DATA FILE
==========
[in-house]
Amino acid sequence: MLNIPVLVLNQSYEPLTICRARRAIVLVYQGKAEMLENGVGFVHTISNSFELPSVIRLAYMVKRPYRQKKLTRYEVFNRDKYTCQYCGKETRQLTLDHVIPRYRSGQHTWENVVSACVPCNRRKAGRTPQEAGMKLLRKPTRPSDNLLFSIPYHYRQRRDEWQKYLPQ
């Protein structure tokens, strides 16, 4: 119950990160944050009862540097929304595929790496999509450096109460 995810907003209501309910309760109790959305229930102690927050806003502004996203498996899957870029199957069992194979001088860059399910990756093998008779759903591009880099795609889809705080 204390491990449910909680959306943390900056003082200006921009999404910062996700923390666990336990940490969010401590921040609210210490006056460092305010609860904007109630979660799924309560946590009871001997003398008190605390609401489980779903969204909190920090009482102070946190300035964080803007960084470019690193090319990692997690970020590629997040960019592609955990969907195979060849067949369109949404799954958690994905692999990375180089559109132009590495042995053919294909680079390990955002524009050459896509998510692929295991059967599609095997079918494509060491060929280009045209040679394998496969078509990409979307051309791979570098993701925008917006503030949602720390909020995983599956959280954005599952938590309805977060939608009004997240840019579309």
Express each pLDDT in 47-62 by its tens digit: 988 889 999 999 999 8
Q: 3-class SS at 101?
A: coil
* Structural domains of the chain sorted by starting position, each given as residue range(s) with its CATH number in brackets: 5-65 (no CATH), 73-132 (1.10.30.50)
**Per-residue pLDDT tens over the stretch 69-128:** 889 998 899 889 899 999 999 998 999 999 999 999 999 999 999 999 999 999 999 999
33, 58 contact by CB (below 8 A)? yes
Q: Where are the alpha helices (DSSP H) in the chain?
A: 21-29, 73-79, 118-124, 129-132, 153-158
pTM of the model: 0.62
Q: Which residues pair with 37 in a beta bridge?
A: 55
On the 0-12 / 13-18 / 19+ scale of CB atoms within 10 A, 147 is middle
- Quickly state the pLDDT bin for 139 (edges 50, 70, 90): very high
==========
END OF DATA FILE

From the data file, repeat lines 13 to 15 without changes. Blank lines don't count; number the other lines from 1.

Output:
Q: Which residues pair with 37 in a beta bridge?
A: 55
On the 0-12 / 13-18 / 19+ scale of CB atoms within 10 A, 147 is middle